Productivity in U.S. Grows More Than Previously EstimatedAlex Kowalski
The productivity of U.S. workers rebounded more than initially estimated in the second quarter as employers tried to protect profits.
The measure of employee output per hour climbed at a 2.2 percent annual rate, after a 0.5 percent drop in the prior three months, revised figures from the Labor Department showed today in Washington. The median forecast of 59 economists surveyed by Bloomberg called for a 1.8 percent increase. Expenses per worker climbed at a 1.5 percent rate, less than previously estimated.
The biggest gains in productivity during the current expansion have probably already occurred as companies find they need to boost staff to further increase output and as investment in new equipment cools. At the same time, a weakening global economy is already hurting earnings, indicating businesses will continue to look for ways to operate more efficiently.
“Companies did a good job on productivity during the crisis, and they will continue to try to increase productivity to boost profits, but it’s not so easy to do that from here,” said Harm Bandholz, chief economist at UniCredit Group in New York. “Investment spending in the U.S. has been lackluster, and it’s certainly not getting better. The potential for increasing profits by cutting costs has come down quite a bit.”
Stock-index futures trimmed earlier losses after the report. The contract on the Standard & Poors’ 500 Index maturing this month fell 0.2 percent to 1,403.7 at 8:45 a.m. in New York.
Estimates for productivity in the Bloomberg survey ranged from gains of 1.6 percent to 2.4 percent. The second-quarter gain was initially estimated as a 1.6 percent annual rate, a report last month showed.
Unit labor costs, which are adjusted for productivity gains, were forecast to advance 1.4 percent in the April to June period, the survey median showed.
The increase in unit labor costs in the first quarter was revised up to a 6.4 percent annual pace from a prior estimate of 5.6 percent.
Today’s revision to labor expenses reflected updated figures on worker pay. Wages and salaries rose by $56.1 billion in the second quarter, more than previously reported, according to Commerce Department figures released Aug. 29.
Output rose at a 2.4 percent rate, following a 2.7 percent gain in the prior quarter, today’s revised figures showed.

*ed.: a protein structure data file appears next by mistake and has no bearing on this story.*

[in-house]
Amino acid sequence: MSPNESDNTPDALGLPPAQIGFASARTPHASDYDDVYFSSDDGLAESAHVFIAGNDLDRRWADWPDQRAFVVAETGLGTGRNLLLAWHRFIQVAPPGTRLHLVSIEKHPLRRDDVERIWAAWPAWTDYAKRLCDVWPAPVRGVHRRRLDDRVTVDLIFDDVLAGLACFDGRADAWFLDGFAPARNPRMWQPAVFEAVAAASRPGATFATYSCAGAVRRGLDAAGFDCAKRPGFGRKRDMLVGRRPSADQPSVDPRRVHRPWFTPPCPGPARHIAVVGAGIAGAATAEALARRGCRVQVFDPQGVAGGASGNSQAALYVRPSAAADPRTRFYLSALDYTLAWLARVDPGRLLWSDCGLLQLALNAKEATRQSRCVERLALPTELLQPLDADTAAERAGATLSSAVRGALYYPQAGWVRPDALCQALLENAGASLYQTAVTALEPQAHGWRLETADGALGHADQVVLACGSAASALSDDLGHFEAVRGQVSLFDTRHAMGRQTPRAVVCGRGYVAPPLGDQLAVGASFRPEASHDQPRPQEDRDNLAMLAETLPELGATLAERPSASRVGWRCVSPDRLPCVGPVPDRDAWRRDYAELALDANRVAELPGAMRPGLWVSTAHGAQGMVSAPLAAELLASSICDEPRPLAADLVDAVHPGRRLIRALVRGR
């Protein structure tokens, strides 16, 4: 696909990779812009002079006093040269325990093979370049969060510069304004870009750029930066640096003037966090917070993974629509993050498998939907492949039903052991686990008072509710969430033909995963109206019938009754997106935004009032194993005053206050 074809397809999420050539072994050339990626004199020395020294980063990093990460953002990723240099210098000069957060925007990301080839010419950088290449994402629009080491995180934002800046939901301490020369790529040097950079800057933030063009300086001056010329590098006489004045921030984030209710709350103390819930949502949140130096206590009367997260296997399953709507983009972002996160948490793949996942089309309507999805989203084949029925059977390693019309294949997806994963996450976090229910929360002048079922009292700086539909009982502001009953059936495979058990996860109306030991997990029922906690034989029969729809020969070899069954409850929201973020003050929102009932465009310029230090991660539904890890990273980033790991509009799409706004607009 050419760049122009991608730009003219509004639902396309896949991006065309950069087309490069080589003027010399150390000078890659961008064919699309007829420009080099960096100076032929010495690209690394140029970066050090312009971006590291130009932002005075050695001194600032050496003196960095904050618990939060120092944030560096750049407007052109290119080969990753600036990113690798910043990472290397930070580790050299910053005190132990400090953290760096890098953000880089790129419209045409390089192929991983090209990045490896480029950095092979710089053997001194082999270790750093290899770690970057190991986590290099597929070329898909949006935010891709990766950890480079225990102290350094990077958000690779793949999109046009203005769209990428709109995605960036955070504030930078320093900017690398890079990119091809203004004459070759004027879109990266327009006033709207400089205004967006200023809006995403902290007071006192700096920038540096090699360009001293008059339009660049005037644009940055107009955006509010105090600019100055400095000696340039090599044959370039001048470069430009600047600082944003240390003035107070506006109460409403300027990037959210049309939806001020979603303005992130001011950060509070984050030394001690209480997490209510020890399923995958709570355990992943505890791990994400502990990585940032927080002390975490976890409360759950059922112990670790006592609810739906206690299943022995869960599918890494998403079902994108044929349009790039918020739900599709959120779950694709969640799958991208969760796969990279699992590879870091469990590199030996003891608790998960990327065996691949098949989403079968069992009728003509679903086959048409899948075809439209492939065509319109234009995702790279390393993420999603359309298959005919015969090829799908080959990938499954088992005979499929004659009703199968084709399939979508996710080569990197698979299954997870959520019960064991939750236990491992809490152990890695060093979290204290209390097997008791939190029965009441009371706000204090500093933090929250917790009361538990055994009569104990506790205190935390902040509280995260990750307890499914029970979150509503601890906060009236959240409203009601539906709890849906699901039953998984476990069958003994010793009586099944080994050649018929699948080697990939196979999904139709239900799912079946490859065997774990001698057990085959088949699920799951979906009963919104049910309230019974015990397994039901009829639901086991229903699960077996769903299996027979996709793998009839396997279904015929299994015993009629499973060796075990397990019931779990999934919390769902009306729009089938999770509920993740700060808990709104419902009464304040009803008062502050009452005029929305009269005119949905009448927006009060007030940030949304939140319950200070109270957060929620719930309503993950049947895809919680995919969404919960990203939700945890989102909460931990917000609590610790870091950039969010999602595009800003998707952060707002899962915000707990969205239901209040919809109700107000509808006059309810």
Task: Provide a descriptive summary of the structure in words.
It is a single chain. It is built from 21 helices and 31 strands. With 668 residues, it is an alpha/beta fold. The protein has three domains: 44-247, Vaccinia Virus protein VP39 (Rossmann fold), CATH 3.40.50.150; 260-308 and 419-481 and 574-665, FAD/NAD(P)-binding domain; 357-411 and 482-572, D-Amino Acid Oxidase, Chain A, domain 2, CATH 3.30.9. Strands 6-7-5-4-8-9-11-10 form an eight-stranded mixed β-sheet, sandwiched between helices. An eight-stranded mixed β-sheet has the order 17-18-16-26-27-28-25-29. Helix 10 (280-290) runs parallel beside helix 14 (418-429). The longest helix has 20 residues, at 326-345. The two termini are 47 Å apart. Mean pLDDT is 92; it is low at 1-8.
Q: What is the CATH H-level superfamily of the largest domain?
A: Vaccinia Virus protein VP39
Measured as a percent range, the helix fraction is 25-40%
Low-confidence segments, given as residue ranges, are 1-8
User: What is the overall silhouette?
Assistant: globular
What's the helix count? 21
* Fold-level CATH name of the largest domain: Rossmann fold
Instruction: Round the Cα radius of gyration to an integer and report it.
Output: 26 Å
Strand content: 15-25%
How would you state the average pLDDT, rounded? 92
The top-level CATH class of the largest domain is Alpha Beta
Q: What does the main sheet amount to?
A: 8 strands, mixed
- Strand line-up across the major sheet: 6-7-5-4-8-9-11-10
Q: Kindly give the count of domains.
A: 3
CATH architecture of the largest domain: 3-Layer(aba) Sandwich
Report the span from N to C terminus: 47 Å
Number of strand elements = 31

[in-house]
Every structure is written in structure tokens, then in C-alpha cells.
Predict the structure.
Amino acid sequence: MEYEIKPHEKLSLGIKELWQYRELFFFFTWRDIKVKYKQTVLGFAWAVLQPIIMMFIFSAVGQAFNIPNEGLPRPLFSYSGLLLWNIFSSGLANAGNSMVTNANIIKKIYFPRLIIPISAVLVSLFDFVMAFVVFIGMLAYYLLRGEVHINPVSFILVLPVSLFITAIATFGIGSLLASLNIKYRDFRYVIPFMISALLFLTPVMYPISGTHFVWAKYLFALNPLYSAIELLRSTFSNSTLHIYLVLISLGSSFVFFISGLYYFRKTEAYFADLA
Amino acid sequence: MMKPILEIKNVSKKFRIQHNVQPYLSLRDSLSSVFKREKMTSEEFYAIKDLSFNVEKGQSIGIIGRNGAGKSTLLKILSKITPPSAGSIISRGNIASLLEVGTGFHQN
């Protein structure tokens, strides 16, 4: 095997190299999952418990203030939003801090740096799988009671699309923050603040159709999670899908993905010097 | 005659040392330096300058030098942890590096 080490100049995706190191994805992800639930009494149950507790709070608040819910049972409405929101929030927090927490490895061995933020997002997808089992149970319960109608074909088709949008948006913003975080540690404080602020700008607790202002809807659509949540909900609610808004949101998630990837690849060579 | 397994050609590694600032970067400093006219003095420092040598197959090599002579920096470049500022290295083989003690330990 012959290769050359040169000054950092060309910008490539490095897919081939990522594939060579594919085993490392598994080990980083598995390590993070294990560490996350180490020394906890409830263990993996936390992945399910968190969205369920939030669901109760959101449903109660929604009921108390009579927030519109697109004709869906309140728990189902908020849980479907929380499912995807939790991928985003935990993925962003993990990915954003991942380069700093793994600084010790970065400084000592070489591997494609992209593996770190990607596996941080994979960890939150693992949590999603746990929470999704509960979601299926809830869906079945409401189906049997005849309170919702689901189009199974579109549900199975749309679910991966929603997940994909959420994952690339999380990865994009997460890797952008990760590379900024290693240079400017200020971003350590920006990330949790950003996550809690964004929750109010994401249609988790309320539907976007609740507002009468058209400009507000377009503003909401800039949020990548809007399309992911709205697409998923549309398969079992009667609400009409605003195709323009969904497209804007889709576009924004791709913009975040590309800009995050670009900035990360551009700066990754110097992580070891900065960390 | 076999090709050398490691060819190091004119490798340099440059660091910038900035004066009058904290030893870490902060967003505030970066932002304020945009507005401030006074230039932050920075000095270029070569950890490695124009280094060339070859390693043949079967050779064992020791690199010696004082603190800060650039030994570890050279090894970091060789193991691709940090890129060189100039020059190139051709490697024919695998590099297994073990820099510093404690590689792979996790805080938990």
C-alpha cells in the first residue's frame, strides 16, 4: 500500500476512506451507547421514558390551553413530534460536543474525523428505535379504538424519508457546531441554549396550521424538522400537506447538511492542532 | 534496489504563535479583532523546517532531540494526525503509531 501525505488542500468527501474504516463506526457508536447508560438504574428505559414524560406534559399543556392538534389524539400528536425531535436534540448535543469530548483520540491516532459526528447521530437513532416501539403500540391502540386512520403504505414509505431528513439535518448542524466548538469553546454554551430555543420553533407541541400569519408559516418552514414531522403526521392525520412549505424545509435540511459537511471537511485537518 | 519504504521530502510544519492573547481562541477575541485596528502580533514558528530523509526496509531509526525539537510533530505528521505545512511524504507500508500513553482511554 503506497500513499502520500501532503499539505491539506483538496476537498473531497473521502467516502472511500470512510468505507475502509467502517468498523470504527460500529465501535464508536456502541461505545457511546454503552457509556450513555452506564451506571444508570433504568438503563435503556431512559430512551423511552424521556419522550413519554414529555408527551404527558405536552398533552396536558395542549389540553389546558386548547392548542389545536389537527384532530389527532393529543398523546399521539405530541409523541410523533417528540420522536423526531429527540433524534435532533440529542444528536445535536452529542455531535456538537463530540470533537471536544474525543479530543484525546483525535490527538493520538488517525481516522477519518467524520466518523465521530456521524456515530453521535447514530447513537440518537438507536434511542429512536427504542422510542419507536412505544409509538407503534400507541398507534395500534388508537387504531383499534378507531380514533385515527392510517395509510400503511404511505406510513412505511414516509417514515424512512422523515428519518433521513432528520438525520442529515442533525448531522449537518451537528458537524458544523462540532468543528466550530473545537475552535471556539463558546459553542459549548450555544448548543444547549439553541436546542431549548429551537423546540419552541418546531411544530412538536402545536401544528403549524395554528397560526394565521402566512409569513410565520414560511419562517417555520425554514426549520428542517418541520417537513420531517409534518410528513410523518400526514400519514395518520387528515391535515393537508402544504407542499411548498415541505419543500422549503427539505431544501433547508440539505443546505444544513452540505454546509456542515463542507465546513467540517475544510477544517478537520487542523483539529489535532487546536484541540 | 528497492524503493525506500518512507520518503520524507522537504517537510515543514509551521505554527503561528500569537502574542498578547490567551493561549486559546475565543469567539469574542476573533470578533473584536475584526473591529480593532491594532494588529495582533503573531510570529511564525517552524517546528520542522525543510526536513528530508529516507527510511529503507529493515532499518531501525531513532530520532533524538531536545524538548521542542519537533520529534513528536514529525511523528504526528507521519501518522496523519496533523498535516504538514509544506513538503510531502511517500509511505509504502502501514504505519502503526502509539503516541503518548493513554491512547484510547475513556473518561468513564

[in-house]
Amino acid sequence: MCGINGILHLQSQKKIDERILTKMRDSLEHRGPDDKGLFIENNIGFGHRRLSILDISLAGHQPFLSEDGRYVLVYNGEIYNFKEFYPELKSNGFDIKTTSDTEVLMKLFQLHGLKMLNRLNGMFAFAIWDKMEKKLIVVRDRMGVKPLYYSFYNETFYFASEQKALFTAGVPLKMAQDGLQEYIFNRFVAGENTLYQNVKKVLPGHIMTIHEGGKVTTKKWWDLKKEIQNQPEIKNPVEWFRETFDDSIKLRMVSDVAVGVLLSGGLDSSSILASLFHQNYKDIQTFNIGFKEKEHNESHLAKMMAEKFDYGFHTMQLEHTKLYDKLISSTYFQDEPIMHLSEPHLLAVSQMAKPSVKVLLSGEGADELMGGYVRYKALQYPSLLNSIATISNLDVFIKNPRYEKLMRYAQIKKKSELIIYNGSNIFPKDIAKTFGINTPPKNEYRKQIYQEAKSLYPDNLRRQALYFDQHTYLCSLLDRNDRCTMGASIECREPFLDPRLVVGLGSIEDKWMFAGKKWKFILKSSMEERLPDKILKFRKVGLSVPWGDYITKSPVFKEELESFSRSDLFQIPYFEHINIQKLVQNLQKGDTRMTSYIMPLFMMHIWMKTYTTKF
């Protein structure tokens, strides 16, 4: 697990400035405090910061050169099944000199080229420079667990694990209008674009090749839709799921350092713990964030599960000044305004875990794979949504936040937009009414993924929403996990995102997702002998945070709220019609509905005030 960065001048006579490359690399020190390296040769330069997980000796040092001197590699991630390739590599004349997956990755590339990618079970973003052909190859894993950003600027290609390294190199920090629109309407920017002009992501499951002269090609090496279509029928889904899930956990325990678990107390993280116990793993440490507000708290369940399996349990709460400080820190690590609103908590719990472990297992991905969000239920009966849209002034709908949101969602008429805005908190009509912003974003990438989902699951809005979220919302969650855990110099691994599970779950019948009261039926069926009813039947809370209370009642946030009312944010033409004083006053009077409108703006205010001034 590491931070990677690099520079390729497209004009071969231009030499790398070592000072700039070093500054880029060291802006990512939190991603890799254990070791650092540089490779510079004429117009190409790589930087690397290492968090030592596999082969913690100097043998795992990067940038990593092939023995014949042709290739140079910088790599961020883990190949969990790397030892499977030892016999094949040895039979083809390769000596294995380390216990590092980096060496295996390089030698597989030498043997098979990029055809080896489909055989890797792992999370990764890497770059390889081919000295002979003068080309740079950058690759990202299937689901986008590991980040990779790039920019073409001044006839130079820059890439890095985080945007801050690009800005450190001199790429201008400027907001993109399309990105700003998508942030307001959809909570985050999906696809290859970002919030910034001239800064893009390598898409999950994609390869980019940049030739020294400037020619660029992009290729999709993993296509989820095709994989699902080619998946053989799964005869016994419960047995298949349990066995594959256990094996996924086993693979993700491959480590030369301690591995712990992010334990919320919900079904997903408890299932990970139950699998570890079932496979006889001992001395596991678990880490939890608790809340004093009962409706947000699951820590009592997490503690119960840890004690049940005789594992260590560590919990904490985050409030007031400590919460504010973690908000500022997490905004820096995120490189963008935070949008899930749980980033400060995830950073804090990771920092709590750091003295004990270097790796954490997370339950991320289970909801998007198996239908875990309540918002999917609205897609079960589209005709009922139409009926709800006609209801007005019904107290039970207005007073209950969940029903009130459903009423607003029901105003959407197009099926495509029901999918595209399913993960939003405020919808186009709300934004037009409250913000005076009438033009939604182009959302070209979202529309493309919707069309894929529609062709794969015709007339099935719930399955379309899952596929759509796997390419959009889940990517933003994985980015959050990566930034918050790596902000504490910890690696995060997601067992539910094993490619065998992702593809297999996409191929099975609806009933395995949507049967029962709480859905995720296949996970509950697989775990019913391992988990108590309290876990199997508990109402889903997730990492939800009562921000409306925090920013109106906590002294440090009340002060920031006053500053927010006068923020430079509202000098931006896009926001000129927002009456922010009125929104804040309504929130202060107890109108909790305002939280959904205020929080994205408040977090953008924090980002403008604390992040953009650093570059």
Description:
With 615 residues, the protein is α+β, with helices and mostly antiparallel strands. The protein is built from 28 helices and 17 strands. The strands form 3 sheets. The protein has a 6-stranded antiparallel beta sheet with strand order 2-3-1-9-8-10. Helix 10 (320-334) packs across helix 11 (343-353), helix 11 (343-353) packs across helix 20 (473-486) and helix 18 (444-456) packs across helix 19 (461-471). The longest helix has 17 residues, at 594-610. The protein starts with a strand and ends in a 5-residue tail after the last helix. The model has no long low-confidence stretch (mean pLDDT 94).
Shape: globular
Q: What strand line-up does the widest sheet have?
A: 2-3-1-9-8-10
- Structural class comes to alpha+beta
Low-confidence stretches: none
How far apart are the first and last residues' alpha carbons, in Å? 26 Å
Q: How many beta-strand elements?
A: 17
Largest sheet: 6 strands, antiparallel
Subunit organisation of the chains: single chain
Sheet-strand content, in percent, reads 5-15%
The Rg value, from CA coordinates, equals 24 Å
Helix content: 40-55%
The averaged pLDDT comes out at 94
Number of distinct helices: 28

Hours worked climbed at a 0.1 percent pace, the smallest increase in almost three years. Compensation for each hour worked climbed at 3.7 percent annual pace.
Adjusted for inflation, compensation advanced at a 2.9 percent pace last quarter, following a 3.3 percent gain in the prior quarter.
Among manufacturers, productivity increased at a 0.1 percent rate.
The U.S. economy cooled last quarter as sluggish job growth prompted Americans to curb spending. Gross domestic product rose at a 1.7 percent annual rate from April through June, down from a 2 percent gain in the first quarter and 4.1 percent in the final three months of 2011, Commerce Department data show.
Earnings growth last quarter also failed to reverse the prior three months’ decline. Before-tax profit at U.S. corporations increased 0.5 percent in the second quarter after a 2.7 percent drop in the prior three months. Earnings climbed 6.1 percent from a year earlier, slower than the pace of the previous two quarters.
To combat the slip in profits, business limited hiring, squeezing more out of existing staff instead. Payrolls increased by 219,000 workers from April through June, less than half the 677,000-pace in the prior quarter.
“As we head into the much larger second half of the year, we are mindful that the macro environment remains pressured and uncertain,” Harlan Kent, chief executive officer of Yankee Candle Co. Inc., said on an Aug. 9 conference call. “Against this backdrop, we will need to remain focused on flawless execution, continue to drive operating efficiencies and productivity.”
Productivity improvements may be harder to come by without the support of new technology. Corporate spending on equipment and software rose at a 4.7 percent pace last quarter, the weakest since the third quarter of 2009, according to Commerce Department figures.
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